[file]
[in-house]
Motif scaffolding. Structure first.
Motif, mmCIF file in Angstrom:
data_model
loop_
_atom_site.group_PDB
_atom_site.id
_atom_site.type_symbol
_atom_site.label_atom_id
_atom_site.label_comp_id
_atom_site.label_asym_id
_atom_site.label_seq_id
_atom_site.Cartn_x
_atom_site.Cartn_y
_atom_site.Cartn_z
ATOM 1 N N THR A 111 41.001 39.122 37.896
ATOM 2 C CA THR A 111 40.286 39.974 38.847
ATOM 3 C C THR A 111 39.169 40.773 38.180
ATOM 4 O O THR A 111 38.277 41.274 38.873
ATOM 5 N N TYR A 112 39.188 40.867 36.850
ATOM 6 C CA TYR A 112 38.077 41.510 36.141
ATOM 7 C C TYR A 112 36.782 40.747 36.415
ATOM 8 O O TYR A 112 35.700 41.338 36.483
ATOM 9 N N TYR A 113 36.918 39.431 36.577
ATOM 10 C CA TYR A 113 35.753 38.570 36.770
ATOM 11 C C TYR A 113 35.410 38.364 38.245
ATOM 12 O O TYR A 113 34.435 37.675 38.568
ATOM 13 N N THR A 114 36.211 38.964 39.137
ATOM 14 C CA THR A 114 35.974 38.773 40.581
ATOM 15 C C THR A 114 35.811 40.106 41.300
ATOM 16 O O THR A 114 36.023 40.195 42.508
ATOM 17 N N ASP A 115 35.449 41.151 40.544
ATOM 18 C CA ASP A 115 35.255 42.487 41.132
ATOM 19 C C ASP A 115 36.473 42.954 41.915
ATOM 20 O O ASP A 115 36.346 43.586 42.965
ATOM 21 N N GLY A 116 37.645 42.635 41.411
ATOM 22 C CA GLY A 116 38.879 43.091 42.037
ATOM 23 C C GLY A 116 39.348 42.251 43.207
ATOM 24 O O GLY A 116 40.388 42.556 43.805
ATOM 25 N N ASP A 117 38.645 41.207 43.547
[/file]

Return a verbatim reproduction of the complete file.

[in-house]
Motif scaffolding. Structure first.
Motif, mmCIF file in Angstrom:
data_model
loop_
_atom_site.group_PDB
_atom_site.id
_atom_site.type_symbol
_atom_site.label_atom_id
_atom_site.label_comp_id
_atom_site.label_asym_id
_atom_site.label_seq_id
_atom_site.Cartn_x
_atom_site.Cartn_y
_atom_site.Cartn_z
ATOM 1 N N THR A 111 41.001 39.122 37.896
ATOM 2 C CA THR A 111 40.286 39.974 38.847
ATOM 3 C C THR A 111 39.169 40.773 38.180
ATOM 4 O O THR A 111 38.277 41.274 38.873
ATOM 5 N N TYR A 112 39.188 40.867 36.850
ATOM 6 C CA TYR A 112 38.077 41.510 36.141
ATOM 7 C C TYR A 112 36.782 40.747 36.415
ATOM 8 O O TYR A 112 35.700 41.338 36.483
ATOM 9 N N TYR A 113 36.918 39.431 36.577
ATOM 10 C CA TYR A 113 35.753 38.570 36.770
ATOM 11 C C TYR A 113 35.410 38.364 38.245
ATOM 12 O O TYR A 113 34.435 37.675 38.568
ATOM 13 N N THR A 114 36.211 38.964 39.137
ATOM 14 C CA THR A 114 35.974 38.773 40.581
ATOM 15 C C THR A 114 35.811 40.106 41.300
ATOM 16 O O THR A 114 36.023 40.195 42.508
ATOM 17 N N ASP A 115 35.449 41.151 40.544
ATOM 18 C CA ASP A 115 35.255 42.487 41.132
ATOM 19 C C ASP A 115 36.473 42.954 41.915
ATOM 20 O O ASP A 115 36.346 43.586 42.965
ATOM 21 N N GLY A 116 37.645 42.635 41.411
ATOM 22 C CA GLY A 116 38.879 43.091 42.037
ATOM 23 C C GLY A 116 39.348 42.251 43.207
ATOM 24 O O GLY A 116 40.388 42.556 43.805
ATOM 25 N N ASP A 117 38.645 41.207 43.547